Essentially, there were two types of courtesans. In one category were the courtesans known (in Italy) as the cortigiana onesta, or the honest courtesan, who were cast as intellectuals. In the other were the cortigiana di lume, which designated a lower-class of courtesan. Although the latter were still considered better than the average prostitute, the former were the ones most often romanticized and treated more or less equal to women of royalty. It is with this type of courtesan that the art of courtisanerie is best associated.

The cortigiana onesta were usually well-educated and worldly (sometimes even more so than the average upper-class woman), and often held simultaneous careers as performers or artists. They were typically chosen on the basis of their "breeding"—social and conversational skills, intelligence, common sense, and companionship—as well as their physical attributes. It was usually their wit and personality that set them apart from regular women. They were prostitutes in the sense that sex was one of their obligations, but unlike the average prostitute, sex constituted only a facet of the courtesan's array of services. For example, they were expected to be well-dressed and ready to engage in a variety of topics ranging from art to music to politics.

In some cases, courtesans were born from well-to-do backgrounds and were even married but to a husband lower on the social ladder than that of her client. In these cases, their relationships with those of high social status had the potential to improve that of their spouse's and as such, it was more often than not, that the husband was aware of his wife's profession and dealings

s erving as courtesan as a primary employment
Courtesans from unwealthy backgrounds were expected to provide charming companionship for extended periods, no matter what their own feelings or commitments might have been at the time, and had to be prepared to do so on short notice. They were also subject to lower social status, and often religious disapproval, because of the sexual aspects of their profession and their reliance upon courtisanerie as a primary source of income. In cases like this, a courtesan was solely dependent on her benefactor or benefactors financially, making her vulnerable.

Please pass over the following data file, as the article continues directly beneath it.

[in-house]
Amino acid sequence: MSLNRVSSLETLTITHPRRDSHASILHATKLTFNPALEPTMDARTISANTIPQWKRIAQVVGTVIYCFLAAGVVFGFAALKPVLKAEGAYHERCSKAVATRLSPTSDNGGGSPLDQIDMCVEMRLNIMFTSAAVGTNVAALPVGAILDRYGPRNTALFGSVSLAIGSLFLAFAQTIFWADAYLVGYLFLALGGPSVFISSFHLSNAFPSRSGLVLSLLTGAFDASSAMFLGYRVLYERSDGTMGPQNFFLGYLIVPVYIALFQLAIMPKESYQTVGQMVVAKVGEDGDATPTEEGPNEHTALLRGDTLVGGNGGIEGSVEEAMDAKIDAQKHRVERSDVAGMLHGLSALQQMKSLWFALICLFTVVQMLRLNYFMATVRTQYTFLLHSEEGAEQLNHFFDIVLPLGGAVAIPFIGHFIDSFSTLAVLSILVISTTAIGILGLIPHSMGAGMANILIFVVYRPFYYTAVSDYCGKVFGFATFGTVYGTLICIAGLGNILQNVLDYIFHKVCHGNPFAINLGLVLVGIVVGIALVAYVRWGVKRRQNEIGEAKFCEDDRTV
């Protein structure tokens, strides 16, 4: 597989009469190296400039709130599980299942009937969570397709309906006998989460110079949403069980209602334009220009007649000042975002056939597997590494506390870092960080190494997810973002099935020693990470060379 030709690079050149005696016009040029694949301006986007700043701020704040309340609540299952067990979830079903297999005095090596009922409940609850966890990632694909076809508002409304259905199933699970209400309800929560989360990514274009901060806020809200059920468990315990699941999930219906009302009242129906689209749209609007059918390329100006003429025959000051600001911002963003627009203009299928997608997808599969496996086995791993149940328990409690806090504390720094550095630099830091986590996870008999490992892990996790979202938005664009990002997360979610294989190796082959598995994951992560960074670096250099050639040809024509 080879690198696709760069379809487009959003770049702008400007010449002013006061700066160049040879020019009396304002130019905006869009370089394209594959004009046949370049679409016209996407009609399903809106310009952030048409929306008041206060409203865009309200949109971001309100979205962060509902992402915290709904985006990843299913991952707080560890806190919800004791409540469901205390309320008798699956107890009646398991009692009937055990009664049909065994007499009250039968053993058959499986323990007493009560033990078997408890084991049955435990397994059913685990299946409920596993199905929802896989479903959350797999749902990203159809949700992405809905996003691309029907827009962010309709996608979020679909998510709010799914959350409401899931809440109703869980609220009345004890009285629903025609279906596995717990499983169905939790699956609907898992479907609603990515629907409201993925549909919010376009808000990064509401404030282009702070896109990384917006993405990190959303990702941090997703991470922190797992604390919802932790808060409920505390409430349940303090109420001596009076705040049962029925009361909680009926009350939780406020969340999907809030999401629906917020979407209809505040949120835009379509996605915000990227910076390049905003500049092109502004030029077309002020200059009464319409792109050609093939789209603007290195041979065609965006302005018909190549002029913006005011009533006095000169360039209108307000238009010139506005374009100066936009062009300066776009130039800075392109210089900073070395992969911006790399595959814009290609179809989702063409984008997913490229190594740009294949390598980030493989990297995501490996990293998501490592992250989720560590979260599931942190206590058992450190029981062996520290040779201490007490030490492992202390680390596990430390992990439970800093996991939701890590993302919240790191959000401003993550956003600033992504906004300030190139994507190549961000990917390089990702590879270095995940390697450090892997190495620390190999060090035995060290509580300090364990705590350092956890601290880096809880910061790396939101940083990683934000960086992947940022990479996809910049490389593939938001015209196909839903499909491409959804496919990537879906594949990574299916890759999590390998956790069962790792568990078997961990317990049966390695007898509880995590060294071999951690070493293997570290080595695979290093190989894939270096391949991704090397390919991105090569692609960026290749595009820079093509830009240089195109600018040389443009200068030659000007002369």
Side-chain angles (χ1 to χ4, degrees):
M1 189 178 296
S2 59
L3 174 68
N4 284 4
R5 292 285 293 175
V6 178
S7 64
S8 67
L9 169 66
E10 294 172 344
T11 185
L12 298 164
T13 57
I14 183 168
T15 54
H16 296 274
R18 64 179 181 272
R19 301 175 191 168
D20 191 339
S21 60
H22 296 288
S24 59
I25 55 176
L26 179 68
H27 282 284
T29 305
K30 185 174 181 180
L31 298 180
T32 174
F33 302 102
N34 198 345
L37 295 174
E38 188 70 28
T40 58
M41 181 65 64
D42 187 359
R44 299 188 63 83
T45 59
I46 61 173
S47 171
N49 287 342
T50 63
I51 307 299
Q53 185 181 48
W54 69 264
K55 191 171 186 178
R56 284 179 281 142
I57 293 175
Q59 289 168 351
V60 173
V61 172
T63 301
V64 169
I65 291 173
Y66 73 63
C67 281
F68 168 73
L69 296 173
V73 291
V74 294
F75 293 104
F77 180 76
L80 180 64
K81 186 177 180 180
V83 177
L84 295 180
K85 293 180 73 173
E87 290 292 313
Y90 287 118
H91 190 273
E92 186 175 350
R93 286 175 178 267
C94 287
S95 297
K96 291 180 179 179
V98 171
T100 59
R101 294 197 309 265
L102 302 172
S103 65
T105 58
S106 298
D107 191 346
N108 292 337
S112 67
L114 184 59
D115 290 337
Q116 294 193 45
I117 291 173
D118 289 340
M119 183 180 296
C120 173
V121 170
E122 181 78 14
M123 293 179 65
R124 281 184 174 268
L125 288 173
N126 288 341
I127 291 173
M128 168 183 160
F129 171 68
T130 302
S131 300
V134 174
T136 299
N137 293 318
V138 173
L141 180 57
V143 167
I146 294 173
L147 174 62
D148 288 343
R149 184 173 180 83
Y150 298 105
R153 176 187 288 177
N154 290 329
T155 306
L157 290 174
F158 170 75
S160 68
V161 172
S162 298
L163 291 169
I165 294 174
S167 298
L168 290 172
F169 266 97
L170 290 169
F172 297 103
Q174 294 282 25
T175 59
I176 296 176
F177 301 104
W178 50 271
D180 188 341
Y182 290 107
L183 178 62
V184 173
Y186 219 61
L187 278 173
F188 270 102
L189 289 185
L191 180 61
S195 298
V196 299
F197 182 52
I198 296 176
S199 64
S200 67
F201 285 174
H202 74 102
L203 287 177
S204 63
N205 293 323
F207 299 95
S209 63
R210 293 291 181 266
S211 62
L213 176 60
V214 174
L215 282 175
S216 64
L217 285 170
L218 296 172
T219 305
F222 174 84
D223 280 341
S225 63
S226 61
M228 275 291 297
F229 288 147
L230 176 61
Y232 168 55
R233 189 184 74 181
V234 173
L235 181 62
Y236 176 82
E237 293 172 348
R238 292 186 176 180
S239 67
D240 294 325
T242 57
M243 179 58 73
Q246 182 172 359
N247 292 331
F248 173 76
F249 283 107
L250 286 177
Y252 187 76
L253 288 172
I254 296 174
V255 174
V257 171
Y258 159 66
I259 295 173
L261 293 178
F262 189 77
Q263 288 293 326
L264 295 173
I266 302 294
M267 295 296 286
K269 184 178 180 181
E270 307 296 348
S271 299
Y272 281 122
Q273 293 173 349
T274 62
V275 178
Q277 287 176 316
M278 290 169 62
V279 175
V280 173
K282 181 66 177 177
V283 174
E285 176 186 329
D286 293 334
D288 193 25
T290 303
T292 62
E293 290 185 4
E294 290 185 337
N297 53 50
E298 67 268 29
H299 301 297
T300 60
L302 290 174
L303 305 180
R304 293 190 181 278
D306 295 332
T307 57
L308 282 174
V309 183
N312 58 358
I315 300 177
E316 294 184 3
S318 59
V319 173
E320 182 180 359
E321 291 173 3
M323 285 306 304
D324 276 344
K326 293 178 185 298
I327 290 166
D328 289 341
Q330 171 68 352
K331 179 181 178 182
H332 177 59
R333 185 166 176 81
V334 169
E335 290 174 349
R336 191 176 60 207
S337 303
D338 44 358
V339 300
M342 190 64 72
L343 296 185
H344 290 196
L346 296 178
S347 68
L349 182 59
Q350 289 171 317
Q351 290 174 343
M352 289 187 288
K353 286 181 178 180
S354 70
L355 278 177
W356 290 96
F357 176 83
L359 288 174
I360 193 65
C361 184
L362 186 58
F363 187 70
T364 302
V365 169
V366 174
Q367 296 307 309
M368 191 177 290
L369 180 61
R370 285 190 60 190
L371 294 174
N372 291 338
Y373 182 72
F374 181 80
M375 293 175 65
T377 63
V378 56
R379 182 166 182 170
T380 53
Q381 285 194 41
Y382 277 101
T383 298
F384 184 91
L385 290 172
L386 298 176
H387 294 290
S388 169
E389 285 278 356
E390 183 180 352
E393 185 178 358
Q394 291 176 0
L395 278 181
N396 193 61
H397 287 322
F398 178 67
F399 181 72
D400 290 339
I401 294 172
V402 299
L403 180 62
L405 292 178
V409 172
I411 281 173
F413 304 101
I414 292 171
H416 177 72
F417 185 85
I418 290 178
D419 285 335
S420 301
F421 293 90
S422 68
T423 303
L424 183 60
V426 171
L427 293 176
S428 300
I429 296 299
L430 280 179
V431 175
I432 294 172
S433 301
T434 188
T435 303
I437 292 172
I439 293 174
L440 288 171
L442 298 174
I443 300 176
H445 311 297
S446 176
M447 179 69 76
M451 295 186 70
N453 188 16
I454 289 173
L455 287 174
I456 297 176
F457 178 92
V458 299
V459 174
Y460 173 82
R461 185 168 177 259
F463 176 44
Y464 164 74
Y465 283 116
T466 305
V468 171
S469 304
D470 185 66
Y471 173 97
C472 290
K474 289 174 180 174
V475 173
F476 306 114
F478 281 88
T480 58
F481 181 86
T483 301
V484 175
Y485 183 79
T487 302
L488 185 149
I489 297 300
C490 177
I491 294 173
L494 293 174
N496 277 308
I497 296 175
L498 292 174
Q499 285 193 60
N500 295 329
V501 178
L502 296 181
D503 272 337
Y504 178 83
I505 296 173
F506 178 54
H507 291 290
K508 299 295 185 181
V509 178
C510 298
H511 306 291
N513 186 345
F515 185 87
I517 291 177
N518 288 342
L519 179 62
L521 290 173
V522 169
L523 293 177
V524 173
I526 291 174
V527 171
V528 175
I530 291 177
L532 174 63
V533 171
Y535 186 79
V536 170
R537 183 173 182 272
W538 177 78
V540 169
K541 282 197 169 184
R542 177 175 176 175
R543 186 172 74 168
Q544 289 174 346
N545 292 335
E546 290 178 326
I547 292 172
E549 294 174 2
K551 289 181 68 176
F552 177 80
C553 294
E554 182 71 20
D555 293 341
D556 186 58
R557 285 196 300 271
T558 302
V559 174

Often, courtesans serving in this capacity began their career as a prostitute, or were passed from one benefactor to another, thereby resulting in them being viewed in society circles as lower than both their benefactor and those of wealth and power with whom they would socialize. Often, in instances of this sort, if the courtesan had satisfactorily served a benefactor, that benefactor would, when ending the affair, pass them on to another benefactor of wealth as a favor to the courtesan, or set them up in an arranged marriage to a semi-wealthy benefactor. In the event that the courtesan had angered or dissatisfied a benefactor, they would often find themselves cast out of wealthy circles, returning more often than not to street prostitution.

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Patchwork Merchant Mercenaries had its humble beginnings as an idea of a few artisans and craftsmen who enjoy performing with live steel fighting. As well as a patchwork quilt tent canvas. Most had prior military experience hence the name.


Patchwork Merchant Mercenaries.


Vendertainers that brought many things to a show and are know for helping out where ever they can.

As well as being a place where the older hand made items could be found made by them and enjoyed by all.

We expanded over the years to become well known at what we do. Now we represent over 100 artisans and craftsman that are well known in their venues and some just starting out. Some of their works have been premiered in TV, stage and movies on a regular basis.

Specializing in Medieval, Goth , Stage Film, BDFSM and Practitioner.

Patchwork Merchant Mercenaries a Dept of, Ask For IT was started by artists and former military veterans, and sword fighters, representing over 100 artisans, one who made his living traveling from fair to festival vending medieval wares. The majority of his customers are re-enactors, SCAdians and the like, looking to build their kit with period clothing, feast gear, adornments, etc.

Likewise, it is typical for these history-lovers to peruse the tent (aka mobile store front) and, upon finding something that pleases the eye, ask "Is this period?"

A deceitful query!! This is not a yes or no question. One must have a damn good understanding of European history (at least) from the fall of Rome to the mid-1600's to properly answer. Taking into account, also, the culture in which the querent is dressed is vitally important. You see, though it may be well within medieval period, it would be strange to see a Viking wearing a Caftan...or is it?

After a festival's time of answering weighty questions such as these, I'd sleep like a log! Only a mad man could possibly remember the place and time for each piece of kitchen ware, weaponry, cloth, and chain within a span of 1,000 years!! Surely there must be an easier way, a place where he could post all this knowledge...

Traveling Within The World is meant to be such a place. A place for all of these artists to keep in touch and directly interact with their fellow geeks and re-enactment hobbyists, their clientele.